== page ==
For sure dance organisations are constantly telling us about shows and workshops and anything else that they might be a part of. But there is no larger, more general discussion of dance and the profession as a whole going on.

Some people are trying to make that happen (Female Choreographer's Collective for one) but as with so many other things they don't seem to be getting a lot of help from the profession at large, especially the NPO companies.

On the whole the industry appears to have adopted an "everybody for themselves" kind of attitude and in a profession as small as this one is, that's not gonna work.

Sharing information via social media is as simple, often times, as pushing a button on a web page and if the profession as a whole can adopt a more pervasive, engaged attitude about something that is so simple then bigger more complex things would surely be possible.

Too often we here from small-scale companies that have managed, against all the odds, to put together a tour only to find out that the venues that have booked them can't be bothered to actually market the performance. That, right there, is Monty Python levels of satire.

NPO companies need to be openly and actively involved in helping out project based and independent dancers and choreographers (and vice versa if at all possible) in any way that they can and not just the ones they happen to know.

If a small scale company comes into their area then they should be immediately aware of it, reach out, ask them if they need any help with getting the word out, professional classes, setting up a workshop or two, providing some contacts or whatever it is they can do to provide some assistance.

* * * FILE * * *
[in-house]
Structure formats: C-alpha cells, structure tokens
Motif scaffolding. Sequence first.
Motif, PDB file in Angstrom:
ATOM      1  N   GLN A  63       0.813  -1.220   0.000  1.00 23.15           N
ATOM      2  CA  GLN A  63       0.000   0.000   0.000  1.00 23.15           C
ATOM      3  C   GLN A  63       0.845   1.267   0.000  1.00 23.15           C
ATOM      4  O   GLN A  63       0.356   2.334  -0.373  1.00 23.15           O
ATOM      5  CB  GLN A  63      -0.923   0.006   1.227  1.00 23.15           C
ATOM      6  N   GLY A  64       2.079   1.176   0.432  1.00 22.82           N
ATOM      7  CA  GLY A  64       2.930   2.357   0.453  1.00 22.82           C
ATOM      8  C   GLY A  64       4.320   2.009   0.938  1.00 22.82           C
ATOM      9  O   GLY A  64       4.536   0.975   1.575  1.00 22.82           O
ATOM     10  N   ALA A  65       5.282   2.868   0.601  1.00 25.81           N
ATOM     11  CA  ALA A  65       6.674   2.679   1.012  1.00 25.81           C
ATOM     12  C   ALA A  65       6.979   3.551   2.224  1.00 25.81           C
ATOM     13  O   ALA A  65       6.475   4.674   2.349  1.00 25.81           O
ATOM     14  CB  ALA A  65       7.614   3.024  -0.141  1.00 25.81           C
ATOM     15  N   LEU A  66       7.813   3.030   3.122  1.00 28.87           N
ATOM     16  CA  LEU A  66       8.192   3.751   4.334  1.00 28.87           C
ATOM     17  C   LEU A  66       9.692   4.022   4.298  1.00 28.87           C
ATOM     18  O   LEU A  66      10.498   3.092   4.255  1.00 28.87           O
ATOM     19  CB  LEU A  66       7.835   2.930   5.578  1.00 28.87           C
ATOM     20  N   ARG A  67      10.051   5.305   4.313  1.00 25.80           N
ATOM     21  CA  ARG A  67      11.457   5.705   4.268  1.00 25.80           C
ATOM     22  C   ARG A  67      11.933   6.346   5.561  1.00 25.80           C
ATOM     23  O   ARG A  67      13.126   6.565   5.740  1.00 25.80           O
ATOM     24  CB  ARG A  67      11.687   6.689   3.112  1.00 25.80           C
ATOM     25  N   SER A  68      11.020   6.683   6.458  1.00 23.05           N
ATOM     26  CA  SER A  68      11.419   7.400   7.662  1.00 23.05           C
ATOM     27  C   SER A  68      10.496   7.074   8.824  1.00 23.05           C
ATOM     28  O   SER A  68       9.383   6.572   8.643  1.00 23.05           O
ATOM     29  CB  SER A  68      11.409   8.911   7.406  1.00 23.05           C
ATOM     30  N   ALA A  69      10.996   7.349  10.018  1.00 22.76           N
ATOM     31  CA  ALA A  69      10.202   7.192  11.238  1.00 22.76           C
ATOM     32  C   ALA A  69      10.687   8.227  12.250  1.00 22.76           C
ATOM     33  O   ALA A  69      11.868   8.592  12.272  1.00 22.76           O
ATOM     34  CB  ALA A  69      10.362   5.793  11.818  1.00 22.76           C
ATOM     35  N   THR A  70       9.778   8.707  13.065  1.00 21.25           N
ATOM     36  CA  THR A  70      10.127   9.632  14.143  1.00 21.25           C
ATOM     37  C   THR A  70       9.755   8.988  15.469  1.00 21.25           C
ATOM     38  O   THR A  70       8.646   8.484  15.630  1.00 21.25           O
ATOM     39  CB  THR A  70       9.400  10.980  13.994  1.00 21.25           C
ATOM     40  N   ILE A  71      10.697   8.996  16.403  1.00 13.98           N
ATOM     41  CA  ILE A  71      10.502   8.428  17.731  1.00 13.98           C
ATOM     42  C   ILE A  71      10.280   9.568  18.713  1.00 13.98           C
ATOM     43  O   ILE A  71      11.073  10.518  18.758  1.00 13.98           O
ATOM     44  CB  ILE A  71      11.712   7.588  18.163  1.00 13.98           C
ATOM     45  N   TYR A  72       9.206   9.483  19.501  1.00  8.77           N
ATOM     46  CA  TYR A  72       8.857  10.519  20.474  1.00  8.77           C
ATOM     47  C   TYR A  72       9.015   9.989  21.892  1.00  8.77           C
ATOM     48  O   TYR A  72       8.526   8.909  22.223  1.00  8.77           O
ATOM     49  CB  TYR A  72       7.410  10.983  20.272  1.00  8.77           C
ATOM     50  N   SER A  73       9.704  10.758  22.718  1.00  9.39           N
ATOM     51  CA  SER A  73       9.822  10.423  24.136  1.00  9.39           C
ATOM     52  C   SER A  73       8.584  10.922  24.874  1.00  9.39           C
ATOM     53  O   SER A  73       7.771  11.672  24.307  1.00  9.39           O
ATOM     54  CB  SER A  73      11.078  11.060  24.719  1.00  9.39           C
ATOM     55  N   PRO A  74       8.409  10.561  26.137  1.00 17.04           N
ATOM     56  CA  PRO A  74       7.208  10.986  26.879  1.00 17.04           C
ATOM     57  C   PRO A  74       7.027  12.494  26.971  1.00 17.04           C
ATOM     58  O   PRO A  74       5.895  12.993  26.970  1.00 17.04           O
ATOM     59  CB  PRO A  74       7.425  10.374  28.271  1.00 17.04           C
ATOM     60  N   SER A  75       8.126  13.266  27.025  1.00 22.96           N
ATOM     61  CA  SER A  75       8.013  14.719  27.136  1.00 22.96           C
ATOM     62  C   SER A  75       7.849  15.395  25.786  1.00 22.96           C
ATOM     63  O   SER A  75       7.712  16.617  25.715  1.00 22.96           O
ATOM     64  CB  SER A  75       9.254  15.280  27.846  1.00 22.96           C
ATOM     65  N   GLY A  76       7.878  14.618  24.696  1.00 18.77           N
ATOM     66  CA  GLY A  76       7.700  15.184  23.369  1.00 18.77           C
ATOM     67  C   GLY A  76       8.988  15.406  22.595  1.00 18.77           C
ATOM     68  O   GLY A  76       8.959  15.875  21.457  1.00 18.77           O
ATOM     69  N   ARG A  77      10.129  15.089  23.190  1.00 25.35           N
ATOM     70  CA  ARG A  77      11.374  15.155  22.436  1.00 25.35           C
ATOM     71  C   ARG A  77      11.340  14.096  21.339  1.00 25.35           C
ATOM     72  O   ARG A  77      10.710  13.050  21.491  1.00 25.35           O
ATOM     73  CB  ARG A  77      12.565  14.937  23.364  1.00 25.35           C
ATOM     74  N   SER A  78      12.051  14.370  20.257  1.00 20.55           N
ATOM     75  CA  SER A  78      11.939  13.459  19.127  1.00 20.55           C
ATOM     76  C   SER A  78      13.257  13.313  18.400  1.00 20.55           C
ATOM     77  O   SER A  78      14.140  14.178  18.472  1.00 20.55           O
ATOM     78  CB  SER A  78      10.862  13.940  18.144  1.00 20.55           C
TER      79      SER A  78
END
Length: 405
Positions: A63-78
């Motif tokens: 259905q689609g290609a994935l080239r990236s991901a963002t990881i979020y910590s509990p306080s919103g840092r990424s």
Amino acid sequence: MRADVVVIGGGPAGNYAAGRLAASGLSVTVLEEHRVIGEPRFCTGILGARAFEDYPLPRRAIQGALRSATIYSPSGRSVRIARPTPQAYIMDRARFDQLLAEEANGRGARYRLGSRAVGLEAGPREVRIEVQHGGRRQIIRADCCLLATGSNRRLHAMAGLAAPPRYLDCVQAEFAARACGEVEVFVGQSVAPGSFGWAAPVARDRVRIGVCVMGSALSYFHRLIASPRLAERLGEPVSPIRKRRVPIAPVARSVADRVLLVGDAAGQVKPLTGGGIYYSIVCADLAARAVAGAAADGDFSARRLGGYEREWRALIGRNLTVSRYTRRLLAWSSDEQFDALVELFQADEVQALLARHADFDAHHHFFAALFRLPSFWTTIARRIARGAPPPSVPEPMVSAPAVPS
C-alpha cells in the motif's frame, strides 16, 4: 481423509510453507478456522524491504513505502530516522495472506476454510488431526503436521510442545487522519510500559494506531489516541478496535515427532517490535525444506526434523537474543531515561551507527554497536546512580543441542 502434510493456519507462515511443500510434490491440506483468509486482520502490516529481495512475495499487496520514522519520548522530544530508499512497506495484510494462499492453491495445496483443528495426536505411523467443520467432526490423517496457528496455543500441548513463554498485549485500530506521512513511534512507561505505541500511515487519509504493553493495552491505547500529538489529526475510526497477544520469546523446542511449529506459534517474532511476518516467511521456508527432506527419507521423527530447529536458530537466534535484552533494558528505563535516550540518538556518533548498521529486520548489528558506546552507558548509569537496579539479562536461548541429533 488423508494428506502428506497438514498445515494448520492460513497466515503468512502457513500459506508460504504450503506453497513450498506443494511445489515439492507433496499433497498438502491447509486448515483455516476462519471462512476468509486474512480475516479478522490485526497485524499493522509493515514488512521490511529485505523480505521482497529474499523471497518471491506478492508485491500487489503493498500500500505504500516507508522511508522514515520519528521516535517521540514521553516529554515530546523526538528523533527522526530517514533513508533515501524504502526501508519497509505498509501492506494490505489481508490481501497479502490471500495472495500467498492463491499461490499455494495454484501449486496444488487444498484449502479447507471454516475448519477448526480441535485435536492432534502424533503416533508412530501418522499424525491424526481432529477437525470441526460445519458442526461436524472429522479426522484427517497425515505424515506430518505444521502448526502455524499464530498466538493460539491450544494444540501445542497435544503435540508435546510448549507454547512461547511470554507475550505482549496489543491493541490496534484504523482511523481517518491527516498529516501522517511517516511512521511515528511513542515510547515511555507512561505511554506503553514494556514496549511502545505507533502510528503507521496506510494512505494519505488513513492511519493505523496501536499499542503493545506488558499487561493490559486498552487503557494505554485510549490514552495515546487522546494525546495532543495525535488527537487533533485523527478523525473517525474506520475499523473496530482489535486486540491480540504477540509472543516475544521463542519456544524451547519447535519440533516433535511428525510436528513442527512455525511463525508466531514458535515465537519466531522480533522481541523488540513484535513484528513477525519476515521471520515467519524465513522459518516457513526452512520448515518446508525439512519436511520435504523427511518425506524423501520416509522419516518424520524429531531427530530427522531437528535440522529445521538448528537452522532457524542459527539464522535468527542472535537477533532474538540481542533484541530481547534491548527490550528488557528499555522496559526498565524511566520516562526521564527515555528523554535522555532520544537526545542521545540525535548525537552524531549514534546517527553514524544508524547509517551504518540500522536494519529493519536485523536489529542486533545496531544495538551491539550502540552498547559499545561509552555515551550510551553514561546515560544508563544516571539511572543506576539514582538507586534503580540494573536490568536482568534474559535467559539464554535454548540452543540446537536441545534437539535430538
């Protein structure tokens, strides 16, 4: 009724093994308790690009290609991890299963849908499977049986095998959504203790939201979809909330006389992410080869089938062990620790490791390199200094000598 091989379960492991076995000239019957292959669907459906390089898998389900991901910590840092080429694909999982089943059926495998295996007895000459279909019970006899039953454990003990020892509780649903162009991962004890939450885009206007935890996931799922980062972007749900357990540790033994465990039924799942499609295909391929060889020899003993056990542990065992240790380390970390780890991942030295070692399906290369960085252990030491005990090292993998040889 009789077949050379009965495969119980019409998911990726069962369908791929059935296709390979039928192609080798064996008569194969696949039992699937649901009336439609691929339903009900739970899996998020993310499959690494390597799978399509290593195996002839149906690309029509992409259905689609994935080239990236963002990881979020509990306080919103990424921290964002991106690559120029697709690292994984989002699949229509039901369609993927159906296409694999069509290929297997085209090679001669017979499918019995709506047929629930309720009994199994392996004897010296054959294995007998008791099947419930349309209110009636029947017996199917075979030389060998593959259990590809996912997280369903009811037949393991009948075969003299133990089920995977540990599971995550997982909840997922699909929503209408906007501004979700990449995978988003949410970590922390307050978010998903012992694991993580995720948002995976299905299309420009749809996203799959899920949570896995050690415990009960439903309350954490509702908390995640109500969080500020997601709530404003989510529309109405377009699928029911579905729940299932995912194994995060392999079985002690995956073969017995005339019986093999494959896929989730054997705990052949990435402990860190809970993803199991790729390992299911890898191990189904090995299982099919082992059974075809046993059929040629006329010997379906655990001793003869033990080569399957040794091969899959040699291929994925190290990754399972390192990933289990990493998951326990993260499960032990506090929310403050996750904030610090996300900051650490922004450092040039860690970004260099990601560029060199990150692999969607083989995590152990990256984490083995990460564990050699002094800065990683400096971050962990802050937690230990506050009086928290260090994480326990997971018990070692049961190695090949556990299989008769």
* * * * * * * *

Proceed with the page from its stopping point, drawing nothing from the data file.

Fundamentally, don't say "that's the least we can do!" ask "what's the most we can do?"

Perhaps, as an NPO, you are already doing these things or have provided support like this in the past? If that's the case then write about it and put it on your blog, the one that's on your company website. You do have one of those, right?

Most importantly though, make sure you tell somebody what you've done so others can learn from it, so that you, as an NPO, can lead by example.

Again, as an NPO company, ask yourself if you have done everything you can to make sure as many people who need to know something about your company are able to find that information. The more organisations and individuals that help you out with that the better things will be.

Even if the "most" you think can do is write about another company or tweet about them then make sure you do it. (TopTip™ it's not, nor will it ever be the "most" you can do!)

No Fear

For a lot of people in dance the profession itself can be a very scary place, even inside an NPO with regular funding and a modicum of security.

The advantages of the profession as whole being fully engaged (that means listening as well as talking) at all times are far too numerous to mention.

As a job it's always going to be hard but it could get a little bit easier to do so many things if the collective chipped-in and checked all the egos at the door.

Start with the simple stuff, like Twitter and Facebook, spend a bit more time talking about others (out loud where everybody can hear you, not in pointless meetings) and get engaged with the profession. Don't just say it, mean it!